I’m an avid Jane Austen adaptation fan. I love Keira Knightley in Pride and Prejudice and also enjoy the book, plus Pride and Prejudice and Zombies and its offshoots. I swoon for the Emma Thompson version of Sense and Sensibility. Before the end of the world, the last play I saw in a real, live theatre was Christmas at Pemberley, basically a fan fic play about life post-Pride and Prejudice. So you can bet I binge watched Bridgerton, the “inclusive Regency” based on the best-selling novels by Julia Quinn and executive produced by Shonda Rhimes. Now that the show has been renewed for a second season, I’m considering why I—along with every woman I know—am so enamored with the show and why women are drawn to Regency dramas.
I assume you’ve watched the first season, but, if not, SPOILERS AHEAD.
The magic of the show is not only its gorgeous cast and production values, its twist on the “traditional” (read: white and straight) love story, and its 90s teen movie plot, it’s also that the story doesn’t end at happily ever married. In order to appease we who may be a little sex-starved this quarantine, Bridgerton treats us to Daphne and Simon’s honeymoon and beyond. Cue love scenes.
But, as someone who recently left a toxic relationship, what I thought would be a whole new universe of Regency love turned out to be more triggering and heartbreaking than anything. Because of my strong emotional reaction to the show’s depiction of marriage in the Regency Era, I began to analyze and research why it is that we love the toxic couples populating the books, movies, and now television programs we consume so fervently.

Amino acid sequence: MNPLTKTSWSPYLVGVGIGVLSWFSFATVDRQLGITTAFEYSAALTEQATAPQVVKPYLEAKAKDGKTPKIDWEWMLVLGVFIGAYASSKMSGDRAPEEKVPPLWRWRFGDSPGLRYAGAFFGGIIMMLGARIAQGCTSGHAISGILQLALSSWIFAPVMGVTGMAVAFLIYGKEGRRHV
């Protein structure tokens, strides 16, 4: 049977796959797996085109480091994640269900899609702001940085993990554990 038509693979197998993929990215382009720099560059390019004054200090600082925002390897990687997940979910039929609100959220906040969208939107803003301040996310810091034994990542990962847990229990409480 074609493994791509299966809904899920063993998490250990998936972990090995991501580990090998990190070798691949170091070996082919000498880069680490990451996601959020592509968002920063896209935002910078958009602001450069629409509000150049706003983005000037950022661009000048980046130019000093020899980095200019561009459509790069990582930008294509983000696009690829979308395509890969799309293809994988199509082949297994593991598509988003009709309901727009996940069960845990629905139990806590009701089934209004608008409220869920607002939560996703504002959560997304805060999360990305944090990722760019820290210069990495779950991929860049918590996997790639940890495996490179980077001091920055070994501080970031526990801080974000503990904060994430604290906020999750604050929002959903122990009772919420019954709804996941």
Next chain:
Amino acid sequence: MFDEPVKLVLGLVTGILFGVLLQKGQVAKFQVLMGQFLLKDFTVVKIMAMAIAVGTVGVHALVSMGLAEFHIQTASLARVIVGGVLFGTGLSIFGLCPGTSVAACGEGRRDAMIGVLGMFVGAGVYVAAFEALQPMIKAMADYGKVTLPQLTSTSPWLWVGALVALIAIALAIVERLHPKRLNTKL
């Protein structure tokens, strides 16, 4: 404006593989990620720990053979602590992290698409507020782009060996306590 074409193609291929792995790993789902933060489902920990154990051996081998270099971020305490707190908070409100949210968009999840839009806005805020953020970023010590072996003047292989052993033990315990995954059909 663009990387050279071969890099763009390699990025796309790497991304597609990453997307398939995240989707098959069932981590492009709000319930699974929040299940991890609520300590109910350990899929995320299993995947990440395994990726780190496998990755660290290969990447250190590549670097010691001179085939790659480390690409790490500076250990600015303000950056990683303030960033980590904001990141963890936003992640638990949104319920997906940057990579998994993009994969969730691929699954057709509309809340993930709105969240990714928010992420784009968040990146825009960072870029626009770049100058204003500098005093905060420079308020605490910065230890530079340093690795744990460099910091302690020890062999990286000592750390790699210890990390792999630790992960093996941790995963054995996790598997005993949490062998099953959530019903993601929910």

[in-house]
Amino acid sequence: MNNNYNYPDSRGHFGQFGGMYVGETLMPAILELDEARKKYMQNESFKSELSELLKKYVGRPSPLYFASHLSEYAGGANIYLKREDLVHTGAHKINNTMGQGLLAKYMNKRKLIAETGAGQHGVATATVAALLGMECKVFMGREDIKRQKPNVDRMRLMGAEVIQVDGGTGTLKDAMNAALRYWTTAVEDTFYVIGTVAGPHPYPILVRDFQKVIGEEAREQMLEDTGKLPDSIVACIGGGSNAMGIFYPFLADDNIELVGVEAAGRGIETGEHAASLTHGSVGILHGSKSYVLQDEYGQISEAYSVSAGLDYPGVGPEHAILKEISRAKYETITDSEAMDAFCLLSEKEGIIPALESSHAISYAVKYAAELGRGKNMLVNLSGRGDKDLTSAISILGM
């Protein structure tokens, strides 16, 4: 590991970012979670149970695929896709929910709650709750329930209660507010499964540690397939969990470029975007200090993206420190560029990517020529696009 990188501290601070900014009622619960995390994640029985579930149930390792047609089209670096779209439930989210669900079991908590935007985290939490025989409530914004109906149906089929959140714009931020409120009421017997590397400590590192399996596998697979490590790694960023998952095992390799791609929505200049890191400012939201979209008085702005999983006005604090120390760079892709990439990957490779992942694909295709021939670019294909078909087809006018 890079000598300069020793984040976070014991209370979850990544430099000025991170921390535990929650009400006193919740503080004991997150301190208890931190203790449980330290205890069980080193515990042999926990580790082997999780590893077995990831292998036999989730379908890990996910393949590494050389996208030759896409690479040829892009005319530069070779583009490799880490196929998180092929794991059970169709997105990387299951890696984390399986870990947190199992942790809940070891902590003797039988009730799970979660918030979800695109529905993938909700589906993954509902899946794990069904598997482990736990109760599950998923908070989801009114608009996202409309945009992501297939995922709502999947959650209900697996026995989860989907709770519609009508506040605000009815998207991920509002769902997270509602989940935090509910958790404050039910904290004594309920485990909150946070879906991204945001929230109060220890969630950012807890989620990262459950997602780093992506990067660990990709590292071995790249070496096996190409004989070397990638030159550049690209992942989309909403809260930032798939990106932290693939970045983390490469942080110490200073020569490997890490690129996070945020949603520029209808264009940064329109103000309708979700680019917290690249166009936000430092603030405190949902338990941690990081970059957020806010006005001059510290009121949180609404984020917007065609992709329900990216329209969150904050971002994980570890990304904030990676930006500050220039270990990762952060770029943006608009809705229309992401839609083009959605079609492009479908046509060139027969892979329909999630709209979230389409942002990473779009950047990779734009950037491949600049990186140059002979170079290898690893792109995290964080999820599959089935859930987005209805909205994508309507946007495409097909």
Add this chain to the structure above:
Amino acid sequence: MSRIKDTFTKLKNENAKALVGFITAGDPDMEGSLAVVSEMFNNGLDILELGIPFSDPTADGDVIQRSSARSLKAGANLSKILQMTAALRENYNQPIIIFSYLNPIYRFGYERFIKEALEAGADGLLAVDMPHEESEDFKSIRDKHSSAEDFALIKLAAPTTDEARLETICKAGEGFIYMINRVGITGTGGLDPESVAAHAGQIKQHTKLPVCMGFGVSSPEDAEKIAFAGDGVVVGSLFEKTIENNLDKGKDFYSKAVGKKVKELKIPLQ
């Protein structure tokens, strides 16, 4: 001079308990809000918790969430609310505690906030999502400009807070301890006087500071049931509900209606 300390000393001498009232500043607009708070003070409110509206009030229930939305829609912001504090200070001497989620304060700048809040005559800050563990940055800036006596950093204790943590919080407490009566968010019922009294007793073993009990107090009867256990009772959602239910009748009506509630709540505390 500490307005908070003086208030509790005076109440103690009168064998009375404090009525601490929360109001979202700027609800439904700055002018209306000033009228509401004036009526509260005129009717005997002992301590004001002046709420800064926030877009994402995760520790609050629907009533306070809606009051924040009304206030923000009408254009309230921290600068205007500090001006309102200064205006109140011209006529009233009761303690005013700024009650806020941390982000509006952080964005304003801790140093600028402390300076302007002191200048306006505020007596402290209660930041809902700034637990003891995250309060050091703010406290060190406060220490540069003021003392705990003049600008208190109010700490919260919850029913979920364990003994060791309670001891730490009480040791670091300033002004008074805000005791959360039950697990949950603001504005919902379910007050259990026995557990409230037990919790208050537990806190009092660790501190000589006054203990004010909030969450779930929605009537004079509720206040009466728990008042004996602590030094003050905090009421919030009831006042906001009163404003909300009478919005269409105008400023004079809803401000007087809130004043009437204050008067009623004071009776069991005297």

Time to break out my English major. Finally.
The anxiety of sexual tension and ignorance is why we love Regency dramas. Like Ross and Rachel, with the “will-they-won’t-they”, followed by the “they did”, followed by the breakup, followed by the resolution, followed by the baby and the happy family unit plot, Regency dramas are all about the pleasure in antici (wait for it) pation.
Hotness aside, objectively, Daphne and Simon are a terrible couple! Their affection for each other was based on a lie. Their betrothal was forced. Simon lies to Daphne about “not being able to have children,” banking on her naivete about sex. Then, Daphne straight-up rapes Simon to prove his “seed is strong.” I can’t believe it, but we are all still rooting for the couple and are happy to see them happily ever after with a baby in the final scene. WHAT IS WRONG WITH US?! (*rewatches entire season*)
It’s not only the tension of the timeline. Lovers of the Regency drama are attracted to Mr. Darcy, the dark, brooding, mysterious but sexy love interest of Pride and Prejudice (and Bridget Jones). The too-fancy, snooty, mean man really gets us bookish girls going. We want someone who is independently wealthy and aloof. We want someone withholding so that when he finally, finally tells us that he burns for us, we have a bigger, ahem, release of tension. Mr. Big from Sex in the City would be another cultural example of a Mr. Darcy type, and we all know in our heart of hearts Carrie should have married Aidan and never would have.